1. I honestly thought that Catching Fire was so much better than the first one. And you’re totally right on the shaky camera bit!
    Confession: I went through 4 napkins soaked with my tears before the movie ended. But then again, I cry really easily.

    • Haha if you haven’t read the books, the last two movies will be a real shocker. Don’t forget to take enough napkins with you…. I’m telling you…;)
      Yeah, the shaky camera shots were so annoying in the first movie! I’m really glad they abolished those techniques with Catching Fire. It especially gave some kind of calming effect to yet ominous signs throughout the games.

      • AUGHHHH I did read the books and vowed never to touch them again. I actually promised myself I wouldn’t watch the last two movies because I knew what was going to happen. I also think a bit of my crying in this movie has to do with the fact that I know what will happen to certain characters.
        BUT IT WAS SO GOOD! I mean, I don’t want to put myself through the trauma of watching the last one, but at the same time I want to because if it’s anything near as good as how they made Catching Fire, it’d be work it. So conflicted!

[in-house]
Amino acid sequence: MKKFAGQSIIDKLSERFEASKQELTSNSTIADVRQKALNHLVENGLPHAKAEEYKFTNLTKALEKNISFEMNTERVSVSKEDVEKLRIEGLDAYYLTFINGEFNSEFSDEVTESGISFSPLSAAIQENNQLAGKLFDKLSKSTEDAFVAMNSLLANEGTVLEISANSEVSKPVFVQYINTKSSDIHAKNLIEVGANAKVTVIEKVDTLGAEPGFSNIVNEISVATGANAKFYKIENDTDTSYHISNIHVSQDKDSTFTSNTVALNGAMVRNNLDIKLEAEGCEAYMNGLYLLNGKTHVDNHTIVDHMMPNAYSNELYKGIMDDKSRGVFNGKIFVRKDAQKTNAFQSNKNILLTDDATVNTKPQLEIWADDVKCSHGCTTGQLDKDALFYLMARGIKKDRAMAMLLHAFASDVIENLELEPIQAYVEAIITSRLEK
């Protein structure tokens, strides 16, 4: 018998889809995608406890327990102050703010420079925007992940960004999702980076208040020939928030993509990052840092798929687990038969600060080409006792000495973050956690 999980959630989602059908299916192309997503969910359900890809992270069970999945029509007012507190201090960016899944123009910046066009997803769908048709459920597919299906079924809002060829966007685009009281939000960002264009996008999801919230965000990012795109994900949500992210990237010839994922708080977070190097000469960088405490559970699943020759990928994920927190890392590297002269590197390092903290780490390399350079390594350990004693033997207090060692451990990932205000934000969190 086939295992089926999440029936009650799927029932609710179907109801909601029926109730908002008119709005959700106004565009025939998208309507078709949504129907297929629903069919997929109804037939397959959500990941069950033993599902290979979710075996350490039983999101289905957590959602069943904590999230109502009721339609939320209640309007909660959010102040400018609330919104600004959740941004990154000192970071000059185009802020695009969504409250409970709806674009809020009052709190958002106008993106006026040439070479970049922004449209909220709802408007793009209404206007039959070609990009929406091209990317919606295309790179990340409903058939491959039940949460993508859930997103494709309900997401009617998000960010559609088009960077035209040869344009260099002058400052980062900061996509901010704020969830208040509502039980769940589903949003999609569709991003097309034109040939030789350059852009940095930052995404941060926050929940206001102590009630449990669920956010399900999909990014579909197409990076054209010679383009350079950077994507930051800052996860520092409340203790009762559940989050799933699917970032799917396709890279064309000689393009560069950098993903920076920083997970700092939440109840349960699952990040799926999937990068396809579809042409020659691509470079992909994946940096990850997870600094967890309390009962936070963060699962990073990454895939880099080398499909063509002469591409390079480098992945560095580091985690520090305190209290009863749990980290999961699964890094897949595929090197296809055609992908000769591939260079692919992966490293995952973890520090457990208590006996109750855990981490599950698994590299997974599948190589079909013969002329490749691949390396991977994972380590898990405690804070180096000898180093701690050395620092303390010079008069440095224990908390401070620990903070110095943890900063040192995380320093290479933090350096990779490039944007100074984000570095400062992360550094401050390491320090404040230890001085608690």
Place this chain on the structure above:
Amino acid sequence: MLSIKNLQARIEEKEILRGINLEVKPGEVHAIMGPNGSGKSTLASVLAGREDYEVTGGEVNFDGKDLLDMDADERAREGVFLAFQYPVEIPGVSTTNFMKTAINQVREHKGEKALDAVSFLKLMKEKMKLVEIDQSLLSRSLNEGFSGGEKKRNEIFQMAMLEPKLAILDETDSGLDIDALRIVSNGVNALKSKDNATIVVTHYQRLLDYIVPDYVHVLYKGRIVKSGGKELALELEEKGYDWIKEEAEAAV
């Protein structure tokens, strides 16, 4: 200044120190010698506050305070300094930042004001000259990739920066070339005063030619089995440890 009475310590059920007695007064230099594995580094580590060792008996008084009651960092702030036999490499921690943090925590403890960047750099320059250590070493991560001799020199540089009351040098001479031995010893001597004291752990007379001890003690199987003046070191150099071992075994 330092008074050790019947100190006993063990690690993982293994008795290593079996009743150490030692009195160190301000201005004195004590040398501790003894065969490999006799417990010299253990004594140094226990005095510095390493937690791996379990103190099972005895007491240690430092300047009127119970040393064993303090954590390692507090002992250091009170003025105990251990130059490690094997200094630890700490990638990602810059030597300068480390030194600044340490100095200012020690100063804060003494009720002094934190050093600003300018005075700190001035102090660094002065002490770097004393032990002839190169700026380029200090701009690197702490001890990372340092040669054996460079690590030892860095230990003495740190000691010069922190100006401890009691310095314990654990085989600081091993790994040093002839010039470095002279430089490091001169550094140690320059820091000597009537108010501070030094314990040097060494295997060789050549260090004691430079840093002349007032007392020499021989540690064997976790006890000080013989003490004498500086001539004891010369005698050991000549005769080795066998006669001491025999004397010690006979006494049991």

2. I have yet to see this film, but my wife and I are definitely excited over it! We enjoy the whole survivalist strategies employed in the first movie. So we’re hoping Catching Fire will have a bit of that again!

    • It’s all about survival and strategizing. I think you will like Beetee (he is like the genius person in the Games). So you won’t be disappointed!

  3. Nice review. Can’t say I liked it more than the first, but it still did well in getting me locked and loaded for what’s next to come. Let’s just hope they don’t screw it over, because they’re doing so damn well right now.

    • Thanks Dan. The danger does exist of Mockingjay part 1 becoming a total bust so that the second part will stand out (as with any other franchise). But who knows, the Hunger Games franchise may be an exception to this rule.

  4. Agree with other commenters – your review is very good.
    Haven’t read the books, but like you said the material is mediocre; I didn’t love the movie but think it’s an outstanding job of filmmaking. As you pointed out the visual contrast between Capitol and 12 was extremely well delineated. At the time I thought the wide shots were hokey, but they served the storytelling purpose, and at least they werent’ shaky cam!
    My girlfriend dragged me to the first, I dragged myself to the second because of IMAX, I think I’m with you all, I’m looking forward to the next one.

    • Many thanks! What amazed me indeed was how the movie turned out be a rather big enjoyable spectacle while the book and story didn’t create a lot of opportunities for that. I really liked the wide shots and I would gladly see more of those in the next two parts. It somehow reminded me of Star Wars. Thanks for stopping by.

  5. Pingback: Top 10 Favorite Movies of 2013 | Elemental Reviews